Thursday, September 15, 2011

fathermothergod: My Journey Out of Christian Science - by Lucia Greenhouse


Lucia Greenhouse tells her story of being raised in Christian Science and how it impacted her life and the life of her family. One of three children raised in an affluent family, Lucia was not allowed to receive immunizations, antibiotics, or even to take pain relievers such as Tylenol because it went against her religious beliefs. When Lucia reached her teenage years, as is common with so many of us, she began to seriously question her religion and have doubts. She struggled with her father’s strict adherence to Christian Science and his dictating all of their lives. She decided Christian Science was not for her, despite the fact that her father had become a practitioner and her mother a “nurse” in the religion. The divide between her and her parents grew as she became more and more frustrated with Christian Science.

In 1985, Lucia realizes her mother is sick. Because of the tenets of their faith, her mother and father decide not to seek the help of medical professionals but to rely on Christian Science to heal her. They completely refuse the concept of going to a hospital. Her illness worsens. Eventually she is taken to a Christian Science nursing home called Tenacre. Lucia and her sister and brother are increasingly concerned for her welfare. Lucia’s father tells them not to inform other members of the family who are not Christian Science members as they would not be supportive. The siblings fear the worst for their mother, but also fear the wrath of their father. Their mother continues to becoming increasingly ill.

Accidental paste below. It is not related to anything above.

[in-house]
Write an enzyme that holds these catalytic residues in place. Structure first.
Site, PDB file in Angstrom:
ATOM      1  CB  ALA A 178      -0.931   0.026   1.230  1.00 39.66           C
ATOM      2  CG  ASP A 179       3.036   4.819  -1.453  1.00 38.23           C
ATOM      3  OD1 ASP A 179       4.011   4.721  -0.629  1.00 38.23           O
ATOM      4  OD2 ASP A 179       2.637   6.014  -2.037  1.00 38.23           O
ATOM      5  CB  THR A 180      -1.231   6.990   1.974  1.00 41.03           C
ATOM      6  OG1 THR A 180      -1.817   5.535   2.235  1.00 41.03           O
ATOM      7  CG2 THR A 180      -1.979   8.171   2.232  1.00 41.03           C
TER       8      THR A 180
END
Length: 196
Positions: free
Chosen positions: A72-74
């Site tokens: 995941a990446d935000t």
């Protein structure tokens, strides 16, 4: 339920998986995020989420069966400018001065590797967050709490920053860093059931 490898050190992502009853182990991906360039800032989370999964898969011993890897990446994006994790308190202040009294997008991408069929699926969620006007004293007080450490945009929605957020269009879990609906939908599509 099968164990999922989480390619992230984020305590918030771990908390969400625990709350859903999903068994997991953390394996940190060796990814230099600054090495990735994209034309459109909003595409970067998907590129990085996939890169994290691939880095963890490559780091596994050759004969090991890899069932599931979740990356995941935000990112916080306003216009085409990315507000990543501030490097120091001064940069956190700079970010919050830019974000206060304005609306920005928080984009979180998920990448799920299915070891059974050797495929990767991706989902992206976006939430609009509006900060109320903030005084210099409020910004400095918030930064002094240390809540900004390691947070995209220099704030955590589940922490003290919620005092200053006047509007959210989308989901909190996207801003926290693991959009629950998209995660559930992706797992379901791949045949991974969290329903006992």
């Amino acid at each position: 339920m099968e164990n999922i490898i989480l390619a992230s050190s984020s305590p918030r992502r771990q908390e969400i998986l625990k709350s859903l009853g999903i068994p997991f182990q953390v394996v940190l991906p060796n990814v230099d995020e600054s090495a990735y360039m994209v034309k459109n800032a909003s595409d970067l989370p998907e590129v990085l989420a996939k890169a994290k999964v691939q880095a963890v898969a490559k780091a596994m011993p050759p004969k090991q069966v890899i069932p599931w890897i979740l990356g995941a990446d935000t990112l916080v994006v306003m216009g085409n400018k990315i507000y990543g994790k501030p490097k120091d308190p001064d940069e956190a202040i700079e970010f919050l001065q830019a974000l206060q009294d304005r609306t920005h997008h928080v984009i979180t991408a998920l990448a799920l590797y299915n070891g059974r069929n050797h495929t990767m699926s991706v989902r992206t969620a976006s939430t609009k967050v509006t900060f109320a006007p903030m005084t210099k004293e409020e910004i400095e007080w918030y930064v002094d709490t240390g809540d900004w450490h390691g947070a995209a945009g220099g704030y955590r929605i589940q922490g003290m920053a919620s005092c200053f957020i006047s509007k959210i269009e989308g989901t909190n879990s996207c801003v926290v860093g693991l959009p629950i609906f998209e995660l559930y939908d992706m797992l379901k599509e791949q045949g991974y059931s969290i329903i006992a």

What would you do if your faith required you to shun medical treatment when you knew your parent, child, or spouse would likely get better if he/she received it?

I found this book to be incredibly frustrating. I wanted to scream at the author, the father, the mother, her siblings and family members – “DO SOMETHING!” “HELP HER!” I was frustrated by the fact that the author seemed to recognize that her mother was likely dying and that she could possibly (probably?) be saved with traditional medicine, yet was too afraid to do anything to about it. I wanted somebody, anybody, to rescue this poor woman before it was too late.

The book was well written, but it did tend to be a bit whiny and it could have been shorter. I think a short story would have sufficed, perhaps without quite so much complaining.

1 comment:

Camelia Skiba said...

Compelling story to say the least. Alone the concept of not helping someone because of some religious belief angers me.
I often find books with a storyline that frustrates me, yet I like the author's voice.